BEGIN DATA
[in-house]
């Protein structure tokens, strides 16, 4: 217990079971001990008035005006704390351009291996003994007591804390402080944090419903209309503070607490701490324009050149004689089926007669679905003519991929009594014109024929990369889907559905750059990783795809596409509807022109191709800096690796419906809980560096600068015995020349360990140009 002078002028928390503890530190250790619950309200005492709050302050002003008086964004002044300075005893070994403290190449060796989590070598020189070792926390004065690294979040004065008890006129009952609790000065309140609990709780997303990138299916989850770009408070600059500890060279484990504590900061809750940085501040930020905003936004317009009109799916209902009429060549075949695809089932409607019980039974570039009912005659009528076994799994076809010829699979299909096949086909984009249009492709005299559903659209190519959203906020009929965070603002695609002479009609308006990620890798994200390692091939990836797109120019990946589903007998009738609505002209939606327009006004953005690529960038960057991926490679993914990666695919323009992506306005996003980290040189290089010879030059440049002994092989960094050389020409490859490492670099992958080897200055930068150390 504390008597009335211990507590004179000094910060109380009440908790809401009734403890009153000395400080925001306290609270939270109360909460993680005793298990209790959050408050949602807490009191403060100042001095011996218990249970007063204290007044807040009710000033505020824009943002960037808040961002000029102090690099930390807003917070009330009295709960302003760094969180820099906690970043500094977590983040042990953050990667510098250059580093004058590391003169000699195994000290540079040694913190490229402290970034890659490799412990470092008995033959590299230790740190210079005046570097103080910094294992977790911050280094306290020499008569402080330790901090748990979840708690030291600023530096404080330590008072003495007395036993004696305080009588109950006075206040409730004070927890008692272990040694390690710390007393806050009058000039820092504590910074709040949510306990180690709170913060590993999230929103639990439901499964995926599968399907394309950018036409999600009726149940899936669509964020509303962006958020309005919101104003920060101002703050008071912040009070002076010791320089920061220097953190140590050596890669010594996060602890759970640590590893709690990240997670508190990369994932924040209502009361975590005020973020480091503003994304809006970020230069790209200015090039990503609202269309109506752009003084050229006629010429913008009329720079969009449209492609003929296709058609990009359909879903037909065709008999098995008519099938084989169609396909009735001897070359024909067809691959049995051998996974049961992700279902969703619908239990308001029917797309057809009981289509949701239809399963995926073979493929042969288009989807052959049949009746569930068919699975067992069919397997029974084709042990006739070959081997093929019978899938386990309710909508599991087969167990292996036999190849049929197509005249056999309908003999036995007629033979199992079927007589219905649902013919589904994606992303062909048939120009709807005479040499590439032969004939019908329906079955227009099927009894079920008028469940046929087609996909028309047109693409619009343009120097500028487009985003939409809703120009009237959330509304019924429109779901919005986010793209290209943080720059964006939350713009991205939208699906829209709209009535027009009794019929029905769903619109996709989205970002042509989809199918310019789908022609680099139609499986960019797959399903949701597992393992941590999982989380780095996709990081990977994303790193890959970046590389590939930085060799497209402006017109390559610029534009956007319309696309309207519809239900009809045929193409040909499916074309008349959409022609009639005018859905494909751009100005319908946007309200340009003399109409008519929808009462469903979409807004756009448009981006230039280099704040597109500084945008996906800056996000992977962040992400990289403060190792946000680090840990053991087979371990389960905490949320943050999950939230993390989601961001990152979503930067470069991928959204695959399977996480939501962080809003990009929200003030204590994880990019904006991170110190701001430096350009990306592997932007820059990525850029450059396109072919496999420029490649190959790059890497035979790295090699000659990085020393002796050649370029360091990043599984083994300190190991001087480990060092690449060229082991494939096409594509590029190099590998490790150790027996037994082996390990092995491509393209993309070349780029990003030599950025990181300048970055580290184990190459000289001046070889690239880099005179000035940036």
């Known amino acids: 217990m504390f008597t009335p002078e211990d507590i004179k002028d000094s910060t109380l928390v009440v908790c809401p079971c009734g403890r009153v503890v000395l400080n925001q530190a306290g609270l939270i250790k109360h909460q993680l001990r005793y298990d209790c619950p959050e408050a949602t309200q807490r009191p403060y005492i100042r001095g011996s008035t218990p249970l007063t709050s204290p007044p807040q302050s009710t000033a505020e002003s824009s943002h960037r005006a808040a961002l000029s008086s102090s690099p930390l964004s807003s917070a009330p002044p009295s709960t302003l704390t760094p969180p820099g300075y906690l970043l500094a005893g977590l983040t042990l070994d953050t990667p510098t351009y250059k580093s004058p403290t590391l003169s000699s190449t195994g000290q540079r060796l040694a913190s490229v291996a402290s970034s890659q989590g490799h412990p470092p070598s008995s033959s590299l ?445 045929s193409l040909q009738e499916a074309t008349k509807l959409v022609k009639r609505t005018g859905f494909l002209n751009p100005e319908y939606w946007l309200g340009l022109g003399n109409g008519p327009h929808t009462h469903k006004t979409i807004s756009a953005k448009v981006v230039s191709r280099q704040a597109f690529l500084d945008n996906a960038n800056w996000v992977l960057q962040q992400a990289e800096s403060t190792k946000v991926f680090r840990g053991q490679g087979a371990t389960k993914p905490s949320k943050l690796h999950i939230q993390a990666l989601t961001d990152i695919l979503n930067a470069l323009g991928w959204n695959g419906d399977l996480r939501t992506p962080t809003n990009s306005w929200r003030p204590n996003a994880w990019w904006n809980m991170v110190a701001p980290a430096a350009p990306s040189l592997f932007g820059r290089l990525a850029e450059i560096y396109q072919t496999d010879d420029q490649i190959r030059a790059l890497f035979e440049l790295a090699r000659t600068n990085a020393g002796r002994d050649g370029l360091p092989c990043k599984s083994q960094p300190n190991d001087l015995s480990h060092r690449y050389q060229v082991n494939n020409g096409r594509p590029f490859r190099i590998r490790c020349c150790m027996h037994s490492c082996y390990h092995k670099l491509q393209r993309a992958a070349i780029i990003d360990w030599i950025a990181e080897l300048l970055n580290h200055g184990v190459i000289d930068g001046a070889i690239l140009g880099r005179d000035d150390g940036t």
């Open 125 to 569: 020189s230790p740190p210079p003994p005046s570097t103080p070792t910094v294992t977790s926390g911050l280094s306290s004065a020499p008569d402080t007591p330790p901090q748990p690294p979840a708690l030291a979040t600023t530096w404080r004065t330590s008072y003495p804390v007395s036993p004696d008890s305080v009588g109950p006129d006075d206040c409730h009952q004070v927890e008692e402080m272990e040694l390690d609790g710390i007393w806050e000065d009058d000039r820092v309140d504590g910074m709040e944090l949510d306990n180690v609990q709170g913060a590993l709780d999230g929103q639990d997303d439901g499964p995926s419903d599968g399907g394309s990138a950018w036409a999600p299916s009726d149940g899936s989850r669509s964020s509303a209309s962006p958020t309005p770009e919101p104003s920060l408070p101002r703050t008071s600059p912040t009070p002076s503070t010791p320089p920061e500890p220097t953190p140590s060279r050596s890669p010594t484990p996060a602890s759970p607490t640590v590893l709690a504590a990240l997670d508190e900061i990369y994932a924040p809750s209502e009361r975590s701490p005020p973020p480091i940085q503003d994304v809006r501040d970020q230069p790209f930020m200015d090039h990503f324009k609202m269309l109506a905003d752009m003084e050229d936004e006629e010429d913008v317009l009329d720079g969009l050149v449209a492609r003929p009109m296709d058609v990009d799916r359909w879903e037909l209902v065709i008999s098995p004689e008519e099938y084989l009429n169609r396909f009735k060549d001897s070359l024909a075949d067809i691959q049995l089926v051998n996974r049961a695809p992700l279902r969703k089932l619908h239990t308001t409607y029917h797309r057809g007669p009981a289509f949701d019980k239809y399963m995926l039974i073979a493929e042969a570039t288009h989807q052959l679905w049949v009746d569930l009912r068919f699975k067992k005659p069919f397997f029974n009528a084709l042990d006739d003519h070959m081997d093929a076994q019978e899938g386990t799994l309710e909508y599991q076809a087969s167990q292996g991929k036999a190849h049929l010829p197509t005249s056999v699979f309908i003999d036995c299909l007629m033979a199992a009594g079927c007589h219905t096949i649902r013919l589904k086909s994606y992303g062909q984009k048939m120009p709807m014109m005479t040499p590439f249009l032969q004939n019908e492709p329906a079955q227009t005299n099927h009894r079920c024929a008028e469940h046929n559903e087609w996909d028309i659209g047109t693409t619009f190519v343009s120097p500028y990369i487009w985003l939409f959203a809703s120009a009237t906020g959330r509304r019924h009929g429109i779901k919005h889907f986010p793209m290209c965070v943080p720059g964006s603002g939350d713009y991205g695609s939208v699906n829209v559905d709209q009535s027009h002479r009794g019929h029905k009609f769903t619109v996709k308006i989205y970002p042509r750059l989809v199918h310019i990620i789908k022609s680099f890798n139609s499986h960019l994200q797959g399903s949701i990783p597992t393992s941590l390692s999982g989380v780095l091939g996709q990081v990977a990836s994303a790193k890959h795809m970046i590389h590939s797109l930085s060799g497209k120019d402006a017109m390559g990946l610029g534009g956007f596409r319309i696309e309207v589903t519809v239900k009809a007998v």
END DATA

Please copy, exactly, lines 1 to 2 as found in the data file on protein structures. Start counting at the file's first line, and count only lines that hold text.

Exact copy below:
[in-house]
């Protein structure tokens, strides 16, 4: 217990079971001990008035005006704390351009291996003994007591804390402080944090419903209309503070607490701490324009050149004689089926007669679905003519991929009594014109024929990369889907559905750059990783795809596409509807022109191709800096690796419906809980560096600068015995020349360990140009 002078002028928390503890530190250790619950309200005492709050302050002003008086964004002044300075005893070994403290190449060796989590070598020189070792926390004065690294979040004065008890006129009952609790000065309140609990709780997303990138299916989850770009408070600059500890060279484990504590900061809750940085501040930020905003936004317009009109799916209902009429060549075949695809089932409607019980039974570039009912005659009528076994799994076809010829699979299909096949086909984009249009492709005299559903659209190519959203906020009929965070603002695609002479009609308006990620890798994200390692091939990836797109120019990946589903007998009738609505002209939606327009006004953005690529960038960057991926490679993914990666695919323009992506306005996003980290040189290089010879030059440049002994092989960094050389020409490859490492670099992958080897200055930068150390 504390008597009335211990507590004179000094910060109380009440908790809401009734403890009153000395400080925001306290609270939270109360909460993680005793298990209790959050408050949602807490009191403060100042001095011996218990249970007063204290007044807040009710000033505020824009943002960037808040961002000029102090690099930390807003917070009330009295709960302003760094969180820099906690970043500094977590983040042990953050990667510098250059580093004058590391003169000699195994000290540079040694913190490229402290970034890659490799412990470092008995033959590299230790740190210079005046570097103080910094294992977790911050280094306290020499008569402080330790901090748990979840708690030291600023530096404080330590008072003495007395036993004696305080009588109950006075206040409730004070927890008692272990040694390690710390007393806050009058000039820092504590910074709040949510306990180690709170913060590993999230929103639990439901499964995926599968399907394309950018036409999600009726149940899936669509964020509303962006958020309005919101104003920060101002703050008071912040009070002076010791320089920061220097953190140590050596890669010594996060602890759970640590590893709690990240997670508190990369994932924040209502009361975590005020973020480091503003994304809006970020230069790209200015090039990503609202269309109506752009003084050229006629010429913008009329720079969009449209492609003929296709058609990009359909879903037909065709008999098995008519099938084989169609396909009735001897070359024909067809691959049995051998996974049961992700279902969703619908239990308001029917797309057809009981289509949701239809399963995926073979493929042969288009989807052959049949009746569930068919699975067992069919397997029974084709042990006739070959081997093929019978899938386990309710909508599991087969167990292996036999190849049929197509005249056999309908003999036995007629033979199992079927007589219905649902013919589904994606992303062909048939120009709807005479040499590439032969004939019908329906079955227009099927009894079920008028469940046929087609996909028309047109693409619009343009120097500028487009985003939409809703120009009237959330509304019924429109779901919005986010793209290209943080720059964006939350713009991205939208699906829209709209009535027009009794019929029905769903619109996709989205970002042509989809199918310019789908022609680099139609499986960019797959399903949701597992393992941590999982989380780095996709990081990977994303790193890959970046590389590939930085060799497209402006017109390559610029534009956007319309696309309207519809239900009809045929193409040909499916074309008349959409022609009639005018859905494909751009100005319908946007309200340009003399109409008519929808009462469903979409807004756009448009981006230039280099704040597109500084945008996906800056996000992977962040992400990289403060190792946000680090840990053991087979371990389960905490949320943050999950939230993390989601961001990152979503930067470069991928959204695959399977996480939501962080809003990009929200003030204590994880990019904006991170110190701001430096350009990306592997932007820059990525850029450059396109072919496999420029490649190959790059890497035979790295090699000659990085020393002796050649370029360091990043599984083994300190190991001087480990060092690449060229082991494939096409594509590029190099590998490790150790027996037994082996390990092995491509393209993309070349780029990003030599950025990181300048970055580290184990190459000289001046070889690239880099005179000035940036």